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Information Doctrine

What is it?
The US Army identified information as an element of combat power in its capstone operations doctrine, Field Manual (FM) 3-0, Operations, February, 2008. In so doing, it empowered its forces with the basis for going beyond the traditional notion of military power to attend to the complex and interactive nature of 21st Century land operations.

What has the Army done?
The "big idea" is that, in the operational environment of the foreseeable future, Army forces must be as highly skilled in the art and science of communicating, collaborating, and engaging with publics and actors relevant to the mission as they are in destroying and defeating enemy formations. The intent, therefore, is to capitalize on this "constructive power" of information together with the "destructive power" of traditional force (when the latter is required) to promote more enduring behavioral change that restores a stable environment and sets the conditions for a lasting peace. To achieve this intent, commanders ensure information is integral to their mission planning from the inception of an operation through its conclusion; and, they apply five information tasks to accomplish this integration: information engagement, operations security (OPSEC), military deception (MILDEC), command and control warfare (C2W), and information protection.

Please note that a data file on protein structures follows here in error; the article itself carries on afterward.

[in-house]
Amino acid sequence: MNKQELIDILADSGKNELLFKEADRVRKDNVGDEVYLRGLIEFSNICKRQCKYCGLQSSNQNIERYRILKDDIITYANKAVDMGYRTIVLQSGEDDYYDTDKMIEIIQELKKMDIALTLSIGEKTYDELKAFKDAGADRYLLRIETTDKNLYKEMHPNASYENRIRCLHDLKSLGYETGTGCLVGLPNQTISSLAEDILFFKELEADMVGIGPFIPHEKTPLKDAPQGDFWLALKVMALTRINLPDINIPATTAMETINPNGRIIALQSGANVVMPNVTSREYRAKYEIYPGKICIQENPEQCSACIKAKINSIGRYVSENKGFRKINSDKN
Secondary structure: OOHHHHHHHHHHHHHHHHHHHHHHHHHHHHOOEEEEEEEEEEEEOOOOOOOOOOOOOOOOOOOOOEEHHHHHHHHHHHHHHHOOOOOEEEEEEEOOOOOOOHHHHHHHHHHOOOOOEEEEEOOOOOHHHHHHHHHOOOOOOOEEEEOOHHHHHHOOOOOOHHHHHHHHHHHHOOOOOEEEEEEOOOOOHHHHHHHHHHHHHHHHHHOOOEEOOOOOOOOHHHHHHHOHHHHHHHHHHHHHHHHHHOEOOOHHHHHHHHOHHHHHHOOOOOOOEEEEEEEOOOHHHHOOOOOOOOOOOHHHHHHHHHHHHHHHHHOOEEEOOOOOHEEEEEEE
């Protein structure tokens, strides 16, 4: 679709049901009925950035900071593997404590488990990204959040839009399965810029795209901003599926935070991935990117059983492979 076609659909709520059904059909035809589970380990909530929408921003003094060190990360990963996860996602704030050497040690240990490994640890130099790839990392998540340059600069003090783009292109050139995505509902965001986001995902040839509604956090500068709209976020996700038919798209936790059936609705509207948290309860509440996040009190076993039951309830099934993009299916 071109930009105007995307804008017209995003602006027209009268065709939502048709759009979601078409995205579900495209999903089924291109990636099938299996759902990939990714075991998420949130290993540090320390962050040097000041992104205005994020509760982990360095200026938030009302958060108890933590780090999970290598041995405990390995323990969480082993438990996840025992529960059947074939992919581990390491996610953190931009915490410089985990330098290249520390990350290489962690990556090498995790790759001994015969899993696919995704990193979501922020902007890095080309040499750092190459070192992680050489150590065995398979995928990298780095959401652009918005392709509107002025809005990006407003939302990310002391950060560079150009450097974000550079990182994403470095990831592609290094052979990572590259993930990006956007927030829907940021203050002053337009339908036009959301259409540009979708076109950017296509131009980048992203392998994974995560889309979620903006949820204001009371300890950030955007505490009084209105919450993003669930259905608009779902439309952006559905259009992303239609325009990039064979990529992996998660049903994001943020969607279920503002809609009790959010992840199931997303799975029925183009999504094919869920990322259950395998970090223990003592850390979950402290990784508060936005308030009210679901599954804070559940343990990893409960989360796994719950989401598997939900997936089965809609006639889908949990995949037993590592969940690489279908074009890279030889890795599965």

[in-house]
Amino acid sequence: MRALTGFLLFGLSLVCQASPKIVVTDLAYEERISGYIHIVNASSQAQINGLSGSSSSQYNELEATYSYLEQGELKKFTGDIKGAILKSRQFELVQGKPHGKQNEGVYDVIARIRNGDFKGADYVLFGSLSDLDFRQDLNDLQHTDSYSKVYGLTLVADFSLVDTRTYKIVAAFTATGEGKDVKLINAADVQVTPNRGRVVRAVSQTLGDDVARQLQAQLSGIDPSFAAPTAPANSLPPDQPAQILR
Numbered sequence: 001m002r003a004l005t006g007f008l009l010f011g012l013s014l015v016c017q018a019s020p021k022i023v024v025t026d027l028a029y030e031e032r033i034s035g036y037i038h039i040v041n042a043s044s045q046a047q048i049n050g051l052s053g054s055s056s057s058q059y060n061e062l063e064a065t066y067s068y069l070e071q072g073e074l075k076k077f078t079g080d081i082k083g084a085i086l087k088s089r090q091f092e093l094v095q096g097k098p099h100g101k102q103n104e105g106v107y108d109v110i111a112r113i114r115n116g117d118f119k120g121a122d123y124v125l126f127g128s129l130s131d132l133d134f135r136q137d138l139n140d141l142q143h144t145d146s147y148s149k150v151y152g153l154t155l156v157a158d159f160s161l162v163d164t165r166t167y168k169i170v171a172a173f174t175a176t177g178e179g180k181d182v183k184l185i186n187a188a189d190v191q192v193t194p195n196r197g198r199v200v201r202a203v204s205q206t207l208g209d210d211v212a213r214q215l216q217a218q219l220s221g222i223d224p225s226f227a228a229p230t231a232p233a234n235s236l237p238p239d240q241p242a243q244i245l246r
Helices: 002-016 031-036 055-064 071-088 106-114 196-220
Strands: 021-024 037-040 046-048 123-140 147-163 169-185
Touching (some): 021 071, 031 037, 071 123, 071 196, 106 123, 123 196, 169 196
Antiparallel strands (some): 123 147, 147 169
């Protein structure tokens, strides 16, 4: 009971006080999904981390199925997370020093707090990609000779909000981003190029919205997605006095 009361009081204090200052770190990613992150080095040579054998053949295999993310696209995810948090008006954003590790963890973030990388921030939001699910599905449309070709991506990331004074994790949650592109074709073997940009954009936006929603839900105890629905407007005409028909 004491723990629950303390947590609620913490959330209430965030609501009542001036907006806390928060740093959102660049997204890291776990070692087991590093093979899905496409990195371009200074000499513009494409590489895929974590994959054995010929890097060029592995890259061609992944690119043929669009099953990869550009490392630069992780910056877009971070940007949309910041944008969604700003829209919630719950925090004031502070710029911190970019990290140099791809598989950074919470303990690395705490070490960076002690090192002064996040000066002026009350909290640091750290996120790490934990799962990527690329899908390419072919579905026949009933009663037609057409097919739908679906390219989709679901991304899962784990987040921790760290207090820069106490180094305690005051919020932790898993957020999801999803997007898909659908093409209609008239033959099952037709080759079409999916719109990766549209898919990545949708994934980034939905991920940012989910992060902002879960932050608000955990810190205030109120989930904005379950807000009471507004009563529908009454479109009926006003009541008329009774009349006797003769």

What continued efforts does the Army have planned for the future?
The Army will expound upon FM 3-0's central ideas with the publication of FM 3-13, Information, in the summer 2009. Field Manual 3-13 will provide commanders and their staffs with the framework for applying the five information tasks jointly, with all other combat power.

Concurrent with the development of FM 3-13, the Army will undertake other programs and initiatives across the Army domains of doctrine, organization, training, materiel, leadership and education, personnel, and facilities to develop the capabilities, capacity, and competency necessary to achieve the potential power of information in full spectrum operations.

Why is this important to the Army?
Persistent conflict and change characterize the strategic environment for the foreseeable future. America's Army is the 'Strength of the Nation.' To succeed in an environment of persistent conflict, the Nation requires its Army to be as highly skilled in the art and science of engaging, communicating, and collaborating with publics and actors that affect its missions as it is in the art and science of destroying and defeating opposing formations.

 
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